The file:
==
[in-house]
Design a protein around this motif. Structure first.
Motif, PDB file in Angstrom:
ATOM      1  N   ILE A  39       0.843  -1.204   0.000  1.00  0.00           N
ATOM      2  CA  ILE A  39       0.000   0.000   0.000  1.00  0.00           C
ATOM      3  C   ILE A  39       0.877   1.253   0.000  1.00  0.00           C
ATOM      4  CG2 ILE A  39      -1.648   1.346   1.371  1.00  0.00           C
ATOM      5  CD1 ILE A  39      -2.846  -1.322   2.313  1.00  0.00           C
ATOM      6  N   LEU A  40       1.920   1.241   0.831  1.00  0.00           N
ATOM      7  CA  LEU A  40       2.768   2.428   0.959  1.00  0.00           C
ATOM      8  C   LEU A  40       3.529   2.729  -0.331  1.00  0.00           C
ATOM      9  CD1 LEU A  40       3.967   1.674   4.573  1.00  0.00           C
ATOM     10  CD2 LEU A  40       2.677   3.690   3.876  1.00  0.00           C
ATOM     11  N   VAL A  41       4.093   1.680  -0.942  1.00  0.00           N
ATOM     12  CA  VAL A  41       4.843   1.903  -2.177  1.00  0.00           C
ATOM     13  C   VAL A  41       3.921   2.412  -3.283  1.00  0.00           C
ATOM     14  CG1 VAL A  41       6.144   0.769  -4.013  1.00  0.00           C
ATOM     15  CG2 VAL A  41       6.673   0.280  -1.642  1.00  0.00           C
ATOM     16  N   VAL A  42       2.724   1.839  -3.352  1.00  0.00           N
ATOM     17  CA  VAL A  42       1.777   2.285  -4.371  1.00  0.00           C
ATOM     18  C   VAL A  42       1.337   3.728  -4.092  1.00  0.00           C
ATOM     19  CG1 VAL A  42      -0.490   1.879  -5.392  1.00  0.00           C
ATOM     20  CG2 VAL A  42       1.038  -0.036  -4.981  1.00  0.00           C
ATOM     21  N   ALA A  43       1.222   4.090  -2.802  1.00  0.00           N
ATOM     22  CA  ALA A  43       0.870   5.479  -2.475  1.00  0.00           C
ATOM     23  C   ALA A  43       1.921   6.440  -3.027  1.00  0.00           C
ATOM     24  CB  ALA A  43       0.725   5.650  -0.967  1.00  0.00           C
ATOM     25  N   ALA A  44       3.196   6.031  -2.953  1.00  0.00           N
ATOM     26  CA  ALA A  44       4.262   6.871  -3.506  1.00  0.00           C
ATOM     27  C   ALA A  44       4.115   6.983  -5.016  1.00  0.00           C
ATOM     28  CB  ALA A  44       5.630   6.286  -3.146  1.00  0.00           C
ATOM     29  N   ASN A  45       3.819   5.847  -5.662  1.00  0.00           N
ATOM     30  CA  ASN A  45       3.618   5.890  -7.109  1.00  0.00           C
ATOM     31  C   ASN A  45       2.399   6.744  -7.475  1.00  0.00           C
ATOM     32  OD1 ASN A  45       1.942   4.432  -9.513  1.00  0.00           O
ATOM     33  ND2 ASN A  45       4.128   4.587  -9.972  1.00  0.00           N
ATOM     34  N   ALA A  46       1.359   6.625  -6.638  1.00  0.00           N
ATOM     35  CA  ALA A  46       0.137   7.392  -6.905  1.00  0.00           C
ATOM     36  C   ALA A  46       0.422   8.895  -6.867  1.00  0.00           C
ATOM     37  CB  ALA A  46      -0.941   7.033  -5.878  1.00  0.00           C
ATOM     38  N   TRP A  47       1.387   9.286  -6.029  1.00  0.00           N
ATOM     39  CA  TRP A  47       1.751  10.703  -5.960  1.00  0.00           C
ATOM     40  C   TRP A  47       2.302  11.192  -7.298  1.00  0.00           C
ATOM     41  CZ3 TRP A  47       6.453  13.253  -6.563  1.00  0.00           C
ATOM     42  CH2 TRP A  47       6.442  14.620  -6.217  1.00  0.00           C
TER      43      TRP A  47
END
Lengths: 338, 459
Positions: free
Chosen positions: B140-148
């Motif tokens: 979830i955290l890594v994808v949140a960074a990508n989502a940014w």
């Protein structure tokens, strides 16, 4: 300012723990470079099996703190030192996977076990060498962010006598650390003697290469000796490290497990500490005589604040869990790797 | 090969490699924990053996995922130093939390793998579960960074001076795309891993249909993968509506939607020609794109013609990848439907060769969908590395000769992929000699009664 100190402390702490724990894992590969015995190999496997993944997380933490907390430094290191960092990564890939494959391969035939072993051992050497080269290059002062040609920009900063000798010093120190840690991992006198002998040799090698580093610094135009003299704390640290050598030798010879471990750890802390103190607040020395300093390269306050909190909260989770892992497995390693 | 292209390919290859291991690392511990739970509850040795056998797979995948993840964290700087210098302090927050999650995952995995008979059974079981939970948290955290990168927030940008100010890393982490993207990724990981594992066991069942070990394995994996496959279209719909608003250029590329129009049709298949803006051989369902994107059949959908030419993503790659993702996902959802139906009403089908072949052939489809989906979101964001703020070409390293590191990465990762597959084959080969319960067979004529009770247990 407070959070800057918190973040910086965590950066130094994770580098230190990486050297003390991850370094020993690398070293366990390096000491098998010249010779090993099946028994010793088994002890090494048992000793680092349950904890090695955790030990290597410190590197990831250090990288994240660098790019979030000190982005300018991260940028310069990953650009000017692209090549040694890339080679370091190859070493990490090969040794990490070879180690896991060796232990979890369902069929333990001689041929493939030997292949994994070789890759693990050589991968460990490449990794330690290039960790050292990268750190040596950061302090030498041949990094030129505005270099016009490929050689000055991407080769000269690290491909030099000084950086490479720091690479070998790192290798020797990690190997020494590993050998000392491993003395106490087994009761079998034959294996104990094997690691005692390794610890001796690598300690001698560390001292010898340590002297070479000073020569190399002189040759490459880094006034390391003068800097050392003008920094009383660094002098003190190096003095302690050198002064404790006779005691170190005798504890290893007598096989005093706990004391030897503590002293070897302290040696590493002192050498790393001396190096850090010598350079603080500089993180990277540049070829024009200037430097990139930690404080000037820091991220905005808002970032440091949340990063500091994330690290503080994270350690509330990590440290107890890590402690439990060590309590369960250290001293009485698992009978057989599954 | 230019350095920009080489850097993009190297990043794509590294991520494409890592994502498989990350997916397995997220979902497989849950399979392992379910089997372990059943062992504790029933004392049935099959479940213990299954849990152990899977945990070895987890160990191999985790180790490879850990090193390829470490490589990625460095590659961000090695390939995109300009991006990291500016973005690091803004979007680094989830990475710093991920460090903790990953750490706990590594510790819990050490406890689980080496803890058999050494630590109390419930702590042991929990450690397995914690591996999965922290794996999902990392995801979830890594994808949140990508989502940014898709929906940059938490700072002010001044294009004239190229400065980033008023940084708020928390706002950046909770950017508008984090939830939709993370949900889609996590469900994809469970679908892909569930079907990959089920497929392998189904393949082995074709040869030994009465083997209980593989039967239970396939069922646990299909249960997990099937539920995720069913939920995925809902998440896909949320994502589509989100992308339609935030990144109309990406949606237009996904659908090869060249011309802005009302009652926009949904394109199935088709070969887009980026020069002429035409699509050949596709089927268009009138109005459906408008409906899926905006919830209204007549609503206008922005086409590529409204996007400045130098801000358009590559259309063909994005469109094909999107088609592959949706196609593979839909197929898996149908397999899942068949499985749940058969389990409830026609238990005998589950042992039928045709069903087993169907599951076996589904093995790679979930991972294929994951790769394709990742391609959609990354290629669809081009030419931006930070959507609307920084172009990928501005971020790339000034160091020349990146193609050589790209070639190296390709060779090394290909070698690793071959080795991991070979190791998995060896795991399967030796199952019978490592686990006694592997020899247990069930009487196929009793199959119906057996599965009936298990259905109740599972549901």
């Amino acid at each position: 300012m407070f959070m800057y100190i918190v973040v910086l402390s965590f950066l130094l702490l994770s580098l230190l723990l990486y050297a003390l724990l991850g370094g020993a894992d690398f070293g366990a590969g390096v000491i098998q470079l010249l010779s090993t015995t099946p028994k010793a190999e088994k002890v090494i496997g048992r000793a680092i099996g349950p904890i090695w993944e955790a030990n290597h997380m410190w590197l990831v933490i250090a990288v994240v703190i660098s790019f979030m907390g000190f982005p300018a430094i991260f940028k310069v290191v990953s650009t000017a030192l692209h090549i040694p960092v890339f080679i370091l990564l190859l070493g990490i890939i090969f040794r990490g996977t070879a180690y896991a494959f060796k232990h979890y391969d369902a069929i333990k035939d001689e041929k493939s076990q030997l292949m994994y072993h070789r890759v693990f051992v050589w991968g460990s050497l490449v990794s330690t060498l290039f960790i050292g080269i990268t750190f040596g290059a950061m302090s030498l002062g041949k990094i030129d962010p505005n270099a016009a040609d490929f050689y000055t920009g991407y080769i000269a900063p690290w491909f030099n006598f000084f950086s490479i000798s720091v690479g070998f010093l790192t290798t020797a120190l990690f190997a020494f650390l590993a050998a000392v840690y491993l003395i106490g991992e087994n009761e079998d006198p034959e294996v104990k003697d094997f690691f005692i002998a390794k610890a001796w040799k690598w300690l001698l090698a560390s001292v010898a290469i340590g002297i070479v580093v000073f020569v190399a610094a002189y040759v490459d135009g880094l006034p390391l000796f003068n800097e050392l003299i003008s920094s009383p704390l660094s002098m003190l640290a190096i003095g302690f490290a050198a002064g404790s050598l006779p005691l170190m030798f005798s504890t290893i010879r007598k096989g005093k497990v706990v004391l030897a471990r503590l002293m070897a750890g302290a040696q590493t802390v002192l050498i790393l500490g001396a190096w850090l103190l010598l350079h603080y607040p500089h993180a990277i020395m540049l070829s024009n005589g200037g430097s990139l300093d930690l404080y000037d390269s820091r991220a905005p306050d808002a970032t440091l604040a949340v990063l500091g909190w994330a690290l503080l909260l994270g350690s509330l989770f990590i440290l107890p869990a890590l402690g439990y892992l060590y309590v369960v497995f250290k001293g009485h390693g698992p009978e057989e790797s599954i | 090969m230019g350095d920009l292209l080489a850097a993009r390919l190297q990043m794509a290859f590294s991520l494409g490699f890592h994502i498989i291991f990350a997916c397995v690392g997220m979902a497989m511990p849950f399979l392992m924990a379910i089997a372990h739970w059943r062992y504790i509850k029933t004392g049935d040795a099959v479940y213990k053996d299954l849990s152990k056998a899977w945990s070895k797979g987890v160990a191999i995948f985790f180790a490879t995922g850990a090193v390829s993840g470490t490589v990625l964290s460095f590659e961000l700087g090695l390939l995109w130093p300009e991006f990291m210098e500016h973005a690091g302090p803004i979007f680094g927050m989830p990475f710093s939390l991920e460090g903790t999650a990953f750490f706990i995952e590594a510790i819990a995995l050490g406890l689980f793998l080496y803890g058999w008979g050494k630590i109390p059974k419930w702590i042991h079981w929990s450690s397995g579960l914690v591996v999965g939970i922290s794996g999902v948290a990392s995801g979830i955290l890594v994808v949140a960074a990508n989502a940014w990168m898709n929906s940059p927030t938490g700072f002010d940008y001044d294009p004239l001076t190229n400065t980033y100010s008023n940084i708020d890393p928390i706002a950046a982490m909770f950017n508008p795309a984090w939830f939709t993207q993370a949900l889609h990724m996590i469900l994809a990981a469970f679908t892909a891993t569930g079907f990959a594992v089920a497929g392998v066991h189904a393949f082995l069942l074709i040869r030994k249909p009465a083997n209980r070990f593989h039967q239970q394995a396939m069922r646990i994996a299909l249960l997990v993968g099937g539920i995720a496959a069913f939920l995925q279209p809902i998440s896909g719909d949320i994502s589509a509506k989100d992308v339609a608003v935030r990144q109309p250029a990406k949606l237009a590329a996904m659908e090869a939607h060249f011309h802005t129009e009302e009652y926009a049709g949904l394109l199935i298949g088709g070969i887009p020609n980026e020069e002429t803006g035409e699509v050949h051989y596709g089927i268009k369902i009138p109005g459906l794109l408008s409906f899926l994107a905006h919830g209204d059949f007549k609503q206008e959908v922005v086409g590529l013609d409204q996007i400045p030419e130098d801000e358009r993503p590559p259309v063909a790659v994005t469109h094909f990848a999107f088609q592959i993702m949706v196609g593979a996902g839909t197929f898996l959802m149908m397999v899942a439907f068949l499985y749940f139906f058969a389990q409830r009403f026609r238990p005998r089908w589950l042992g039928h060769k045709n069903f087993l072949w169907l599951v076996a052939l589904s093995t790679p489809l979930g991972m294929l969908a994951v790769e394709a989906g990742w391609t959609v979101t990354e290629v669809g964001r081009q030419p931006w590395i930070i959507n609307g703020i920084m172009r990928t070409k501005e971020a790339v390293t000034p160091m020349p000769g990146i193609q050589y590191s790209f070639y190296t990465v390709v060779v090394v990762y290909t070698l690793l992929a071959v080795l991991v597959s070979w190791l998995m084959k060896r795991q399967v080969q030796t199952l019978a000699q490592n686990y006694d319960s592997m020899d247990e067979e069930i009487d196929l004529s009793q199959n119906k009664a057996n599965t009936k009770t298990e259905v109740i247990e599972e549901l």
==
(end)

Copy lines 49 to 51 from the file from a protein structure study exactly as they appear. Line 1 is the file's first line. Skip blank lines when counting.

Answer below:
Positions: free
Chosen positions: B140-148
């Motif tokens: 979830i955290l890594v994808v949140a960074a990508n989502a940014w």